In a disturbing new study with overtones of Rachel Carson's famous environmental book Silent Spring, a group of scientists from the U.K. and the Czech Republic report a stunning decline in the number of Europe's birds since 1980. The birds vanishing are actually members of the most common species -- including sparrows, starlings, and skylarks. The researchers calculate that there are now 421 million fewer birds across 25 European countries than there were at the start of the 1980s -- a change the study attributes to human-caused environmental degradation.
The scale of decline, in the words of the study just out in the journal Ecology Letters, is "alarming." The research finds that out of the 144 most common species, there were about 2.06 billion birds in Europe in 1980, and just 1.64 billion in 2009 (the last year considered in the study). Thus, the loss of 421 million represents more than a 20 percent decrease.
"90 percent of that decline can be attributed to the 36 most common species," says lead study author Richard Inger, from the University of Exeter's Environment and Sustainability Institute. According to Inger, the top five species experiencing stark declines are the house sparrow, the common starling, the Eurasian skylark, the willow warbler, and the Eurasian tree sparrow.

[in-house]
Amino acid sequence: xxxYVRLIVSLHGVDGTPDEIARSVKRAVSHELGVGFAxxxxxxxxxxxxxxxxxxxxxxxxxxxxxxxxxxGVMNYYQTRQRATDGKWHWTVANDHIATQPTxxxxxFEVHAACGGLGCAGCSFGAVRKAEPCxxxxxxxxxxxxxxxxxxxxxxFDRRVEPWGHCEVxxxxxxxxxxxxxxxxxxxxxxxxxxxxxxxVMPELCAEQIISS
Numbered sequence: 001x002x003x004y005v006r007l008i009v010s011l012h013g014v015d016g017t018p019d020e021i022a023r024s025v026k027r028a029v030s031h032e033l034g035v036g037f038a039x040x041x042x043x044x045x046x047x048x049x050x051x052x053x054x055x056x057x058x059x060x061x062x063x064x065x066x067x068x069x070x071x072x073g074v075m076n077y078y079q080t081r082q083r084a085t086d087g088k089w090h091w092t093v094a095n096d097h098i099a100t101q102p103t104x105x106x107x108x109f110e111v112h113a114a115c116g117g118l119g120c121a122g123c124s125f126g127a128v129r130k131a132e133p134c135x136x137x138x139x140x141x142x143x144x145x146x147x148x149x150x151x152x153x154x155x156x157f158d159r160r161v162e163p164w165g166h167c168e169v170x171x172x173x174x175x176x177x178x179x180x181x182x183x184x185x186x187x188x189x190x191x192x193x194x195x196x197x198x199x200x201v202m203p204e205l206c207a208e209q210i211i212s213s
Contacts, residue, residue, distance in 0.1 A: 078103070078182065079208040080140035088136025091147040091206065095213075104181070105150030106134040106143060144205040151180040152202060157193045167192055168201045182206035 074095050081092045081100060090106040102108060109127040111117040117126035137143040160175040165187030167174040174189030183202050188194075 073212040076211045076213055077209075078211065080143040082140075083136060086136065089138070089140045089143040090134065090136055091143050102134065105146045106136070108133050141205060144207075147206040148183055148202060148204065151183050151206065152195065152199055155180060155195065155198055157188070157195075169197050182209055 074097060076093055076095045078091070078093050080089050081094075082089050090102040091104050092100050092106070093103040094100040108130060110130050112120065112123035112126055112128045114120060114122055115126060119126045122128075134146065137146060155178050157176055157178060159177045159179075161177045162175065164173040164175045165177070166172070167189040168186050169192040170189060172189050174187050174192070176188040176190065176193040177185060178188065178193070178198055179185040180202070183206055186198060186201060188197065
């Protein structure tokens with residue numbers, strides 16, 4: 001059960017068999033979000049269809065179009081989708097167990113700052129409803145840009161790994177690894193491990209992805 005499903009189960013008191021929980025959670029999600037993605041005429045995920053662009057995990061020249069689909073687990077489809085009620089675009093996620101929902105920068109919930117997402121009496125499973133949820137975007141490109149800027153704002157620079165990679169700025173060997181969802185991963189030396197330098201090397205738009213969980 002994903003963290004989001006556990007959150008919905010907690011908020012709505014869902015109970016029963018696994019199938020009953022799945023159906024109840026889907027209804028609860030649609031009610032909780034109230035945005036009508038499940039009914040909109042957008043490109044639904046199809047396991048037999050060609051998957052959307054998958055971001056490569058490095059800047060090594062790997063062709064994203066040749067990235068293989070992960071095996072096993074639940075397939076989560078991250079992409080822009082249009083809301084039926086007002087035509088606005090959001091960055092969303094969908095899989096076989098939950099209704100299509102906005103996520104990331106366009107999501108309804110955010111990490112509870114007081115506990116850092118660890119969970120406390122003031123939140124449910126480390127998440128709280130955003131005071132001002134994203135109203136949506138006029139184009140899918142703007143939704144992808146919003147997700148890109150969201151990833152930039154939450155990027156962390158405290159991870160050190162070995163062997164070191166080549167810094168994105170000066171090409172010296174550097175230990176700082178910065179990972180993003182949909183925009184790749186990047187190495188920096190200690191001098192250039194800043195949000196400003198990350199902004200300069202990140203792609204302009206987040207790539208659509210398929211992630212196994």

The research builds on thousands of bird surveys that have been carried out by volunteers going back to 1980. Surprisingly, the research finds that many rarer or endangered species (including marsh harriers and white storks) are actually increasing in number, perhaps in part because these birds have been successfully protected by conservation measures. But the loss of common birds, it emphasizes, can have dramatic consequences, since by their very numbers, they have crucial roles to play in ecosystems, such as controlling the volume of pest species.
The study also notes that precisely because these declines are in common species, they are more likely to be indicators of environmental degradation. "Common species are widespread and their numbers are linked to the deterioration of the quality of the environment on a landscape scale," notes the paper. Inger says that he suspects that expansion of agriculture represents a key cause of the decline, but so does urbanization. More farmland and more houses and roads means less habitat for birds, and also habitat fragmentation.
"It’s a bit of a wake up call, really, that we need to start trying to figure out what’s causing these declines, so we can look into ways of then stopping them and hoping to reverse them," says Inger.
The current study does not cite climate change as a factor in bird species declines. However, in September a major report from the Audubon Society found that over half of American bird species will be threatened by climate change by the year 2100. In another study, the Audubon Society found a dramatic decline in the numbers of 20 common US bird species.